Hunting News

Friday, January 19, 2018

Two Men Indicted for Illegally Trafficking American Eels



Joseph Kelley and James Lewis were each indicted in Newark, New Jersey, with crimes related to illegally trafficking juvenile American eels, also known as “elvers” or “glass eels.”  A seven-count indictment was returned on Jan. 18, 2018, charging Kelley and Lewis with conspiracy to smuggle elvers and violate the Lacey Act.

The Indictment alleges that Kelley and Lewis knowingly harvested elvers illegally in the states of New Jersey and Massachusetts, and sold those elvers to dealers or exporters. Among those dealers is Thomas Choi, who pleaded guilty to related crimes in the District of Maine in 2016, and who was subsequently sentenced to six months’ imprisonment for those offenses.

The indictments were announced today by Acting Assistant Attorney General Jeffrey H. Wood for the Justice Department’s Environment and Natural Resources Division and Acting Director Greg Sheehan of the U.S. Fish and Wildlife Service. 

Eels are highly valued in east Asia for human consumption.  Historically, Japanese and European eels were harvested to meet this demand. However, overfishing has led to a decline in the population of these eels.  As a result, harvesters have turned to the American eel to fill the void resulting from the decreased number of Japanese and European eels.  Because of the threat of overfishing, elver harvesting is prohibited in the United States in all but two states: Maine and South Carolina.  Maine and South Carolina heavily regulate elver fisheries, requiring that individuals be licensed and report all quantities of harvested eels to state authorities. 

These indictments were the result of “Operation Broken Glass,” a multi-jurisdiction, U.S. Fish and Wildlife Service (USFWS) investigation into the illegal trafficking of American eels.  To date, the investigation has resulted in two other indictments, as well as guilty pleas for nineteen other individuals in Maine, Virginia, and South Carolina.  These defendants combined have admitted to illegally trafficking more than $4.5 million worth of elvers.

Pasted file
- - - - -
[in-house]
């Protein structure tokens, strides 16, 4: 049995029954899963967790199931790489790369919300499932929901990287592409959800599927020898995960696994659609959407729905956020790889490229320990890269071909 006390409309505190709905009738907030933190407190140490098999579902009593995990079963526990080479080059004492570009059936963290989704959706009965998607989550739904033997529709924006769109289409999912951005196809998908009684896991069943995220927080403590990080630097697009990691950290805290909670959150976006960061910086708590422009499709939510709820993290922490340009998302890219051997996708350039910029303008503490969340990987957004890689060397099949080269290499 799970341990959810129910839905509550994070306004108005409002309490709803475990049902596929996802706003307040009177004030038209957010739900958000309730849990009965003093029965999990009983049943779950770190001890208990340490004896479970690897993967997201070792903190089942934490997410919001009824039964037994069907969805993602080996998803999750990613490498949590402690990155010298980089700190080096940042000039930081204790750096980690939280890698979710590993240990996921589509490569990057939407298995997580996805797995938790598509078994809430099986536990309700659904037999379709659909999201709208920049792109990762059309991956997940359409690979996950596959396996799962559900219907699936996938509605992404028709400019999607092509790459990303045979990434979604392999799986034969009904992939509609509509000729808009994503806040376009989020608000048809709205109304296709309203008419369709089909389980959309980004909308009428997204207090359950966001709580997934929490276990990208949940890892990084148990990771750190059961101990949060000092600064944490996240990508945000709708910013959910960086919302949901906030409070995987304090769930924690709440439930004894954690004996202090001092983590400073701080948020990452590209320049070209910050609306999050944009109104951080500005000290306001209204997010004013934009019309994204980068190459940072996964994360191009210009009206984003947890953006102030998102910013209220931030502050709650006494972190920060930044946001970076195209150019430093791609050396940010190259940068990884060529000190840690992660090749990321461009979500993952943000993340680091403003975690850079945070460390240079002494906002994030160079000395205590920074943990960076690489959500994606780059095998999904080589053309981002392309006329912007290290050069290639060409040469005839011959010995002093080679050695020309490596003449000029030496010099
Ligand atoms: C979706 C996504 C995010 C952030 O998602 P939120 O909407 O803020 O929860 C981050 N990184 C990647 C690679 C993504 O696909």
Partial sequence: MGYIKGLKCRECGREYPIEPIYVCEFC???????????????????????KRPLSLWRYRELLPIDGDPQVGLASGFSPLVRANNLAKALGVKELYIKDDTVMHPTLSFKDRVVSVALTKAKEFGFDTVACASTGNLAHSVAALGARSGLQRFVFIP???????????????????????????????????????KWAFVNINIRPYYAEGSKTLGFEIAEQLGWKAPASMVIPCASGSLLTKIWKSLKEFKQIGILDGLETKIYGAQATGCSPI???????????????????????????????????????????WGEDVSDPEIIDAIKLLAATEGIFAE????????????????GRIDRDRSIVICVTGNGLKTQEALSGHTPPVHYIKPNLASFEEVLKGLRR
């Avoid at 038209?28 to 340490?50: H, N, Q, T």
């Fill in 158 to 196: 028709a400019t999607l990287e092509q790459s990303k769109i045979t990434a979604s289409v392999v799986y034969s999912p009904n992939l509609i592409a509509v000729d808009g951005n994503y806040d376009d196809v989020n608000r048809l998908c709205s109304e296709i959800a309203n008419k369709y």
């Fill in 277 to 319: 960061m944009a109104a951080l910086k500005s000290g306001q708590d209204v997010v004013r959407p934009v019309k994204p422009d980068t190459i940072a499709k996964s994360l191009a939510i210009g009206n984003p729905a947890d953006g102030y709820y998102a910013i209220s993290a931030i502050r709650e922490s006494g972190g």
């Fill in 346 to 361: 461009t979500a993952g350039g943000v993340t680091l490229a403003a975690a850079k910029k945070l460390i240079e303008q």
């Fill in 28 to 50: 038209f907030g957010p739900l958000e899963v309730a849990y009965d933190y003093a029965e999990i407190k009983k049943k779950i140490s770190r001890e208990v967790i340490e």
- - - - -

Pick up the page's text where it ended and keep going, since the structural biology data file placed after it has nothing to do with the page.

Operation Broken Glass was conducted by USFWS and the Justice Department’s Environmental Crimes Section in collaboration with the Maine Marine Patrol, South Carolina Department of Natural Resources Law Enforcement Division, New Jersey Division of Fish and Wildlife Bureau of Law Enforcement, Connecticut Department of Energy and Environmental Protection Conservation Police, Virginia Marine Resources Commission Police, USFWS Refuge Law Enforcement, National Oceanic and Atmospheric Administration Office of Law Enforcement, Massachusetts Environmental Police, Rhode Island Department of Environmental Management Division of Law Enforcement, New York State Environmental Conservation Police, New Hampshire Fish and Game Division of Law Enforcement, Maryland Natural Resources Police, North Carolina Wildlife Resource Commission Division of Law Enforcement, Florida Fish and Wildlife Conservation Commission, Yarmouth, Massachusetts Division of Natural Resources, North Myrtle Beach, South Carolina Police Department and the Atlantic States Marine Fisheries Commission.

The government is represented by Environmental Crimes Section Trial Attorneys Cassandra Barnum and Shane Waller.

Saturday, December 16, 2017

Two Texas Fishermen Sentenced for False Statements to Law Enforcement Agents



Jamal Marshall was sentenced to six months imprisonment and six months home confinement today following a hearing in federal district court in Houston, Texas, for making false statements to law enforcement agents regarding the illegal harvest of snapper in the Gulf of Mexico.  A second fisherman, Jacob Brown, was previously sentenced on November 29, 2017, to 2 months imprisonment and 4 months home confinement.  The sentences were announced by Acting Assistant Attorney General Jeffrey H. Wood for the Justice Department’s Environment and Natural Resources Division and the National Oceanic and Atmospheric Administration Fisheries Office for Law Enforcement.